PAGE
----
We are in the thick of campaign season-and this time around we are all focused on the governor’s race.
But the Legislature is where our laws will be fashioned, in the hard and messy ways of give and take and compromise. It ain’t pretty, but it works.
Whatever pieces of legislation the new governor proposes, based on his beliefs or campaign promises-not always the same-they probably won’t make it through both bodies unchanged.
Any piece of legislation requires the work and the attention of hundreds of pairs of eyes, many of them belonging to people behind the scenes.
Perhaps most important in this process and most behind the scenes is the nonpartisan Office of the Revisor of Statutes, which upholds the basic framework of our system of statutes and session laws.
At the end of each session, after the mad dash of laws passed in haste, there’s something called a “Revisor’s Bill” that sets right all of the technical errors, based on the expertise of every “revisor” in that office.
But when the Legislature goes into session next year, one of those experts won’t be there: Janis Rider, 44, an Assistant Revisor who worked on Pensions and Economic Development, died very unexpectedly last month while enjoying a vacation in Hawaii. (The immediate cause of death was drowning, but an official cause of death had not been announced as of this writing.)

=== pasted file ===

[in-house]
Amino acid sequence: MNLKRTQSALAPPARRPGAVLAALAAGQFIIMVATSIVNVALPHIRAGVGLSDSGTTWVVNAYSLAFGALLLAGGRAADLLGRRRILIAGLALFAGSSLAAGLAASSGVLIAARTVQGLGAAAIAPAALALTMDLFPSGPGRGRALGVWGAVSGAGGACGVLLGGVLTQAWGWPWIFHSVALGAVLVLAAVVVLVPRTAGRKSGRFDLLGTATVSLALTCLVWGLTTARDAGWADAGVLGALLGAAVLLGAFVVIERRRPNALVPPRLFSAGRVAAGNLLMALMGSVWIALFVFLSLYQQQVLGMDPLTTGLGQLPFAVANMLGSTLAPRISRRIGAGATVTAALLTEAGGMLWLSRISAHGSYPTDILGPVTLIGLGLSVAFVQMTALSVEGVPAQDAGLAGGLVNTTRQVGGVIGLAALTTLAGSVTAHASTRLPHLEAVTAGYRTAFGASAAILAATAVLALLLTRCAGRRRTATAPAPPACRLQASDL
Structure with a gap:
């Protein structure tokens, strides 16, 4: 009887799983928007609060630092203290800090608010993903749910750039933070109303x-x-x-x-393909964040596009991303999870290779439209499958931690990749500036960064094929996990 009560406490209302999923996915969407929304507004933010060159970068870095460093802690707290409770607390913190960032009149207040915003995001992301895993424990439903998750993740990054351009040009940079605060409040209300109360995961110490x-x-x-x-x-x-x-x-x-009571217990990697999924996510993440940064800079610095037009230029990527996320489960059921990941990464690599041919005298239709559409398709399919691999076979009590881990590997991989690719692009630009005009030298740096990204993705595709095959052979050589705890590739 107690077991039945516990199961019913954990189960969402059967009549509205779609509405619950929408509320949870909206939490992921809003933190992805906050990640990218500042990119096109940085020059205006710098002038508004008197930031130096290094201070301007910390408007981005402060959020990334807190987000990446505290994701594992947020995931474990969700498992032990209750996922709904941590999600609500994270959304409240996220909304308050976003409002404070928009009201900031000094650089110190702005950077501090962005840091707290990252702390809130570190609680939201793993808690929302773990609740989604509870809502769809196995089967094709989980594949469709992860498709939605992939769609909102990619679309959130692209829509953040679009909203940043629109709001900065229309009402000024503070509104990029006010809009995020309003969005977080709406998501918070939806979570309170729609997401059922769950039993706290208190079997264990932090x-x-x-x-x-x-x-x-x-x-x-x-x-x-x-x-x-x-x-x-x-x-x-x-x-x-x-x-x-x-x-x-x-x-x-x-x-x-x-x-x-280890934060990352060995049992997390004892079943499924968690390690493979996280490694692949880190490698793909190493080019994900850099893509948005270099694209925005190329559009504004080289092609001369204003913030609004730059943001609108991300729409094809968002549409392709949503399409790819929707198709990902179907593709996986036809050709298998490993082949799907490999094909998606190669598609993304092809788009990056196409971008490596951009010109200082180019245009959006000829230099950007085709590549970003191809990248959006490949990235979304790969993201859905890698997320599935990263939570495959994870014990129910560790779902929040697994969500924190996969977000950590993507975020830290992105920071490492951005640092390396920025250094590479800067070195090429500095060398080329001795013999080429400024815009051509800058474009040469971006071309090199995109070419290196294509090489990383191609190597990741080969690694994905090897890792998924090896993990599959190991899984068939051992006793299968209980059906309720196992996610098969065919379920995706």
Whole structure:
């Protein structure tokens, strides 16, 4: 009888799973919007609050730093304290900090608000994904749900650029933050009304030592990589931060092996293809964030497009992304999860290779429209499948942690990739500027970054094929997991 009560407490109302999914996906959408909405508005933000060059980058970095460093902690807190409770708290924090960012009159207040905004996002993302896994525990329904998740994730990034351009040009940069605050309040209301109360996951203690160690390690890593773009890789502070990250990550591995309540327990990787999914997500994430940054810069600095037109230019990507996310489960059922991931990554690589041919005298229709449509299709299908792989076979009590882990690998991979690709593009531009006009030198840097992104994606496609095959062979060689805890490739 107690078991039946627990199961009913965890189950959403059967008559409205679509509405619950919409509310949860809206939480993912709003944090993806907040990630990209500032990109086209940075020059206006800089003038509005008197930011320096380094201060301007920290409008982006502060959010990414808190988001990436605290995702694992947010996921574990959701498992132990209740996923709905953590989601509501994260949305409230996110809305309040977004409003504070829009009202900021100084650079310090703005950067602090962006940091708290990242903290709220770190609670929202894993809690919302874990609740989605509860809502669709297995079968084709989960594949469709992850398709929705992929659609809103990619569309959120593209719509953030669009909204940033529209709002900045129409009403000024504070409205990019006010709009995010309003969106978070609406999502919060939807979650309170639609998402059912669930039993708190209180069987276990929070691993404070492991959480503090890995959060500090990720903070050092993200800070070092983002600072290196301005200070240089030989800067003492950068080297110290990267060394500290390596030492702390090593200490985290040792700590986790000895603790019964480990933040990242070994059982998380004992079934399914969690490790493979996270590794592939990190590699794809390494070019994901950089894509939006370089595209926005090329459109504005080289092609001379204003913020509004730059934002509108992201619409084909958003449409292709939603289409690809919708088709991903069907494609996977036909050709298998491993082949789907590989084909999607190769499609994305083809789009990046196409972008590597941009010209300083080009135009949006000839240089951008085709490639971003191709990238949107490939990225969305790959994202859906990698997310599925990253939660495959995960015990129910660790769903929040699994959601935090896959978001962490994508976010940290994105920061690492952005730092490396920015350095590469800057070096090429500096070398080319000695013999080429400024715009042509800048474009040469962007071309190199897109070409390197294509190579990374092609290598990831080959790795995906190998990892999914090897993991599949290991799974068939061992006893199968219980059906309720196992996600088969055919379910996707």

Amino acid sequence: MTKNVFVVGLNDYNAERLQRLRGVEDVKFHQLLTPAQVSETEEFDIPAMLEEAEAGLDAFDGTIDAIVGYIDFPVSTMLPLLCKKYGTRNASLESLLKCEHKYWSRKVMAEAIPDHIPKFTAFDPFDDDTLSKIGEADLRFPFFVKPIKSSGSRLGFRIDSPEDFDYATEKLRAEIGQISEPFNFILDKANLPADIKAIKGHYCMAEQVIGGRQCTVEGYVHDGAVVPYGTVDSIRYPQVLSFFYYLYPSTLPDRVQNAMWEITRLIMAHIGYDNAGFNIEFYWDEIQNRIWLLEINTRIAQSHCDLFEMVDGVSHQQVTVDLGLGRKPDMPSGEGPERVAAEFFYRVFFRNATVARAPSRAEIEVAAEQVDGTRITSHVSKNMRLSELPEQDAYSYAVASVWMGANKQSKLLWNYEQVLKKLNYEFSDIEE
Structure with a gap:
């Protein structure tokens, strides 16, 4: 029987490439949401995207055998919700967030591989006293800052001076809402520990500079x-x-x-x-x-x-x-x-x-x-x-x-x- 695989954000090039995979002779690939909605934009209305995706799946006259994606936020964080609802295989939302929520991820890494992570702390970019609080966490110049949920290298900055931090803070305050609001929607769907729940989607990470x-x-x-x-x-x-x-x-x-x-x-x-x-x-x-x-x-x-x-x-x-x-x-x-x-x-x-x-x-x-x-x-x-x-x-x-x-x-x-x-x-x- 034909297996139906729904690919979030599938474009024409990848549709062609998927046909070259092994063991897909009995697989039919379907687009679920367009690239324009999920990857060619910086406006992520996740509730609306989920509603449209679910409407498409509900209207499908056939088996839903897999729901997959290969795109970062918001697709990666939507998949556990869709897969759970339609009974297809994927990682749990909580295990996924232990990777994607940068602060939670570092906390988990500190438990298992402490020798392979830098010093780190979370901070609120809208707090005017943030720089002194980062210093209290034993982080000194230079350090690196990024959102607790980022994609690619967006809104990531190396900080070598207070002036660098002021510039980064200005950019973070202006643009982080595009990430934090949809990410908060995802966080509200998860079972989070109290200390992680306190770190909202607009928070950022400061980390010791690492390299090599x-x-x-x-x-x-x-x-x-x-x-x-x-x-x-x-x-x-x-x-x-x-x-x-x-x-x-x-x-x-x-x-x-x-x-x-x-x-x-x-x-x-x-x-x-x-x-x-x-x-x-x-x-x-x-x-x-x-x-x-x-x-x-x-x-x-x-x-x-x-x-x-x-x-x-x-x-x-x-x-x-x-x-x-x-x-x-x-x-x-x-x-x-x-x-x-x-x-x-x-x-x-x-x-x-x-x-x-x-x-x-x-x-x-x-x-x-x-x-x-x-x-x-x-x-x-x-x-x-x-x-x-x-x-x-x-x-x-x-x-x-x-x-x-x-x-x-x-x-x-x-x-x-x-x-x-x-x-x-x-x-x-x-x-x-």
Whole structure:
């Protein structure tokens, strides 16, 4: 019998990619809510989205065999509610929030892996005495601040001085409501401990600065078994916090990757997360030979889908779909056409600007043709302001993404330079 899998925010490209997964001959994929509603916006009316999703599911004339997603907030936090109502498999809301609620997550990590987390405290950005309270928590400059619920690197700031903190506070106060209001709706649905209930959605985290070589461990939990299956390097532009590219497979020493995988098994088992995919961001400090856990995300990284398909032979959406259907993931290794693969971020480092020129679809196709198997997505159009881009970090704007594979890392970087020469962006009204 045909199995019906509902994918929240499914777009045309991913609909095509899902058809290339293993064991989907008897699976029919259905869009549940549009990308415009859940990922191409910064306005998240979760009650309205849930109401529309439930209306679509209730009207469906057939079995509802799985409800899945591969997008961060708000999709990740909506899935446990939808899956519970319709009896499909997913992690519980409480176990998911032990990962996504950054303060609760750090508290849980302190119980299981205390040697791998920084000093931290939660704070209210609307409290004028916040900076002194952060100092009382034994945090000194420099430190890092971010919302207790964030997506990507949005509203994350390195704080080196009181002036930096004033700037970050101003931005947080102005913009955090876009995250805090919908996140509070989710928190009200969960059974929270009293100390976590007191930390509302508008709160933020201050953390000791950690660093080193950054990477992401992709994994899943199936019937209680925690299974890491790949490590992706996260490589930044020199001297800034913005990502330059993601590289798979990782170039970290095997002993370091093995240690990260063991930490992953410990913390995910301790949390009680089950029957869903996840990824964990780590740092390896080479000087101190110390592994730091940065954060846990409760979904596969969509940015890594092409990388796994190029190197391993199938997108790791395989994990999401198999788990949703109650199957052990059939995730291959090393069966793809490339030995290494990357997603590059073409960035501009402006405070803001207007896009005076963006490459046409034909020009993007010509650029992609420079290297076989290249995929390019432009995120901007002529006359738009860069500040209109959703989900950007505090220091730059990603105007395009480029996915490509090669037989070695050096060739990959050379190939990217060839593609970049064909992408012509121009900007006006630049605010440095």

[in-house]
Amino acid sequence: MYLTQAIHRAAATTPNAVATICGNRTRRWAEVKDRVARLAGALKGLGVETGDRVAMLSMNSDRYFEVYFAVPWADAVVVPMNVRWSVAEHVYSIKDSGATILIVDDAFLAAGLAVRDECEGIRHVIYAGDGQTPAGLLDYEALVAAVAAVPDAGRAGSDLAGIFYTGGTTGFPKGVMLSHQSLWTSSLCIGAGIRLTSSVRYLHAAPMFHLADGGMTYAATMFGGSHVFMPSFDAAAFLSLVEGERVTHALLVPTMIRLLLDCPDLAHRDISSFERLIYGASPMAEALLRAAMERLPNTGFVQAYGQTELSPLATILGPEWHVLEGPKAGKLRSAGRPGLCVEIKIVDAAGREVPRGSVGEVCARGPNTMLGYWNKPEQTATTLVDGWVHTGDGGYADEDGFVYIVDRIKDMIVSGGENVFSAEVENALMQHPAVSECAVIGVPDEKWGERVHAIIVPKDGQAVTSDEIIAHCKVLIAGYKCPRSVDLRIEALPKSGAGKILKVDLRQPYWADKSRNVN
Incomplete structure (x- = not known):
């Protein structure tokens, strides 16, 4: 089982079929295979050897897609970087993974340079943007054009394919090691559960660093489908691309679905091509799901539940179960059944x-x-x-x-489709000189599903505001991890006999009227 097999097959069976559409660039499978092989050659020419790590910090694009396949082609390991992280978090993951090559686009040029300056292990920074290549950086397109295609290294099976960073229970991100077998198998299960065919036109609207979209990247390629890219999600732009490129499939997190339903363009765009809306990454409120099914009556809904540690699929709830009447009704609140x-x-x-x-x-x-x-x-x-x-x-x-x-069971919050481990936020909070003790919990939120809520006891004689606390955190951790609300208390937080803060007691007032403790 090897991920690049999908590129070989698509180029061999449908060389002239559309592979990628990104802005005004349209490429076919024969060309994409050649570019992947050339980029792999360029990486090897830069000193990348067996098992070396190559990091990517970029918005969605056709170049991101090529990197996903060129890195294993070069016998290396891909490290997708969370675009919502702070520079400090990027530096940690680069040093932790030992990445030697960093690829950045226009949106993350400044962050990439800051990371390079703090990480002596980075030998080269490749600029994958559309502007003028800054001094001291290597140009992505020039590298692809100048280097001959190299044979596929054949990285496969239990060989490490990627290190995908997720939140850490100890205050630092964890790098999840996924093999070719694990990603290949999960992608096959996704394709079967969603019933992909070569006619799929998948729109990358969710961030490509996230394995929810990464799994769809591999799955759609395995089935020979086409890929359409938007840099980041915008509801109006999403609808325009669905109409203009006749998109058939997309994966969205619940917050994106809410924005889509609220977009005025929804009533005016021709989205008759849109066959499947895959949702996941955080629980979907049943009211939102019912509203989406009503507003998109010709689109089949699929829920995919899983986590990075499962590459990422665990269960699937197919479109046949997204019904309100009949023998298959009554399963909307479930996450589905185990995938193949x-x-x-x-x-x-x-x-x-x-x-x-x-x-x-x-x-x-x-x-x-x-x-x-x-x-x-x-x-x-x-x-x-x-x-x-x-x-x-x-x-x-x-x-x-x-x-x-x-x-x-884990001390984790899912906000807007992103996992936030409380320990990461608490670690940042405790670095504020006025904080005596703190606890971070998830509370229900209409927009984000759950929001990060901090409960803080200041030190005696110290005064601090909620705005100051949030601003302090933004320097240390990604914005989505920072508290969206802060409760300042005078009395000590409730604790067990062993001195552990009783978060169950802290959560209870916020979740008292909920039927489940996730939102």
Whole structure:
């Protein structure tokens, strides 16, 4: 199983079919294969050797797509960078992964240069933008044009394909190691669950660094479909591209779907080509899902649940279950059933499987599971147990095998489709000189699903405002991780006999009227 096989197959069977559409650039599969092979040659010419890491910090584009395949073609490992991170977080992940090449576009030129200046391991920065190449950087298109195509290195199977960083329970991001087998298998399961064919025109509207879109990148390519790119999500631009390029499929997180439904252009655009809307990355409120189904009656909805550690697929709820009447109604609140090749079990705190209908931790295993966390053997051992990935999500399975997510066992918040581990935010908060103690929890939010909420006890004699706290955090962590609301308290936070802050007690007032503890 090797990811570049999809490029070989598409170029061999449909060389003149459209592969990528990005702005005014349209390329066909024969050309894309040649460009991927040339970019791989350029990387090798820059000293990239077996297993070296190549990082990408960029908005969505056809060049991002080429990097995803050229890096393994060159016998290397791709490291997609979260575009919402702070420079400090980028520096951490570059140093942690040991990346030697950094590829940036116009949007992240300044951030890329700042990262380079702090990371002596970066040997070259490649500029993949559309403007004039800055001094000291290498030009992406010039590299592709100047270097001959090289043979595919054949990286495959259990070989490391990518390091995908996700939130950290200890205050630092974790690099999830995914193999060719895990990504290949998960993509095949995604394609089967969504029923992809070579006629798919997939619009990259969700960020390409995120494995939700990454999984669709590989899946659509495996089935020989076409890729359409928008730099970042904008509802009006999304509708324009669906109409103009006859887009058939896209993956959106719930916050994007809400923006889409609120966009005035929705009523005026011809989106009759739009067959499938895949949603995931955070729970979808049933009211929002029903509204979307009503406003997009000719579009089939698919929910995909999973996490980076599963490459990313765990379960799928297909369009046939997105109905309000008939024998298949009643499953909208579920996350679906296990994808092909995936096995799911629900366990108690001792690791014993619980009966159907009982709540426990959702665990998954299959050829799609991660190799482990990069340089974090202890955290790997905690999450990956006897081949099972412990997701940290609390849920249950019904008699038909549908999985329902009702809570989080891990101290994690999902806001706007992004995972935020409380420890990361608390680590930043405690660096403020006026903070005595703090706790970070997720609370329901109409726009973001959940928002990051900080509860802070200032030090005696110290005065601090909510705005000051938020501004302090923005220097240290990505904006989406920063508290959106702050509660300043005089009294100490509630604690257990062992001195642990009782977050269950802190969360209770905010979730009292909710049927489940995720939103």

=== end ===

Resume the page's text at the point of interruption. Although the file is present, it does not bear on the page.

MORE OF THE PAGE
As a new researcher for the GOP last session struggling to understand Minnesota’s public pension system, I had a chance to work closely with Janis for a few weeks. Because I was working for the minority party, it fell to me to work on amendments for the Omnibus Pension Bill, which Janis was handling.
One morning, I arrived early and was given a draft of a mechanism that would be offered as an amendment in the finance committee in a few hours. I raced up to the 6th floor and took the tiny, almost secret staircase outside the legislative research library to the quarters of the Office of the Revisor.
I needed the amendment drafted within the hour, and I knew this would be no small task for Janis. The pension bill was already more than 100 pages long and the amendment was going to have to be dropped in, in a spot where it made sense and meshed with all of the numbers, tables and figures in that section of the bill.